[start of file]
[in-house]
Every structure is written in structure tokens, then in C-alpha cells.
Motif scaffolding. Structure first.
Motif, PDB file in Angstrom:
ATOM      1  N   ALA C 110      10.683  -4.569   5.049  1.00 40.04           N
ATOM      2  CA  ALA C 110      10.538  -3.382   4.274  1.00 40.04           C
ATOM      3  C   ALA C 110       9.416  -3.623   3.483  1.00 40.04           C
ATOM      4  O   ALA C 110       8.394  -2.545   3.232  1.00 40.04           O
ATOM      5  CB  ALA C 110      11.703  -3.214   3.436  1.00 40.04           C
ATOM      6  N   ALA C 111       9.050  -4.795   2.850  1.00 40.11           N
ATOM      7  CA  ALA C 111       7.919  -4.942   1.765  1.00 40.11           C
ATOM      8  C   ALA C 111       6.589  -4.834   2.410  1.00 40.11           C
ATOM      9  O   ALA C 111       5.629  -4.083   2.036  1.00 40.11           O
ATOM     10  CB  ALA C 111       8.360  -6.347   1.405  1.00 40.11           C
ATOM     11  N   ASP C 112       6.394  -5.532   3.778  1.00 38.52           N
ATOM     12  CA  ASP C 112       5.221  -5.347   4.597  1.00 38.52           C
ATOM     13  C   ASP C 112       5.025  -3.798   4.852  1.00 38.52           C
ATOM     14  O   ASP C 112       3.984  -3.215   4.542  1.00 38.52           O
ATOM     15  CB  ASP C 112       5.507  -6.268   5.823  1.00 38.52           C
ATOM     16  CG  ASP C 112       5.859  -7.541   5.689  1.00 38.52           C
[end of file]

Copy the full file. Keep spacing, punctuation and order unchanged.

[in-house]
Every structure is written in structure tokens, then in C-alpha cells.
Motif scaffolding. Structure first.
Motif, PDB file in Angstrom:
ATOM      1  N   ALA C 110      10.683  -4.569   5.049  1.00 40.04           N
ATOM      2  CA  ALA C 110      10.538  -3.382   4.274  1.00 40.04           C
ATOM      3  C   ALA C 110       9.416  -3.623   3.483  1.00 40.04           C
ATOM      4  O   ALA C 110       8.394  -2.545   3.232  1.00 40.04           O
ATOM      5  CB  ALA C 110      11.703  -3.214   3.436  1.00 40.04           C
ATOM      6  N   ALA C 111       9.050  -4.795   2.850  1.00 40.11           N
ATOM      7  CA  ALA C 111       7.919  -4.942   1.765  1.00 40.11           C
ATOM      8  C   ALA C 111       6.589  -4.834   2.410  1.00 40.11           C
ATOM      9  O   ALA C 111       5.629  -4.083   2.036  1.00 40.11           O
ATOM     10  CB  ALA C 111       8.360  -6.347   1.405  1.00 40.11           C
ATOM     11  N   ASP C 112       6.394  -5.532   3.778  1.00 38.52           N
ATOM     12  CA  ASP C 112       5.221  -5.347   4.597  1.00 38.52           C
ATOM     13  C   ASP C 112       5.025  -3.798   4.852  1.00 38.52           C
ATOM     14  O   ASP C 112       3.984  -3.215   4.542  1.00 38.52           O
ATOM     15  CB  ASP C 112       5.507  -6.268   5.823  1.00 38.52           C
ATOM     16  CG  ASP C 112       5.859  -7.541   5.689  1.00 38.52           C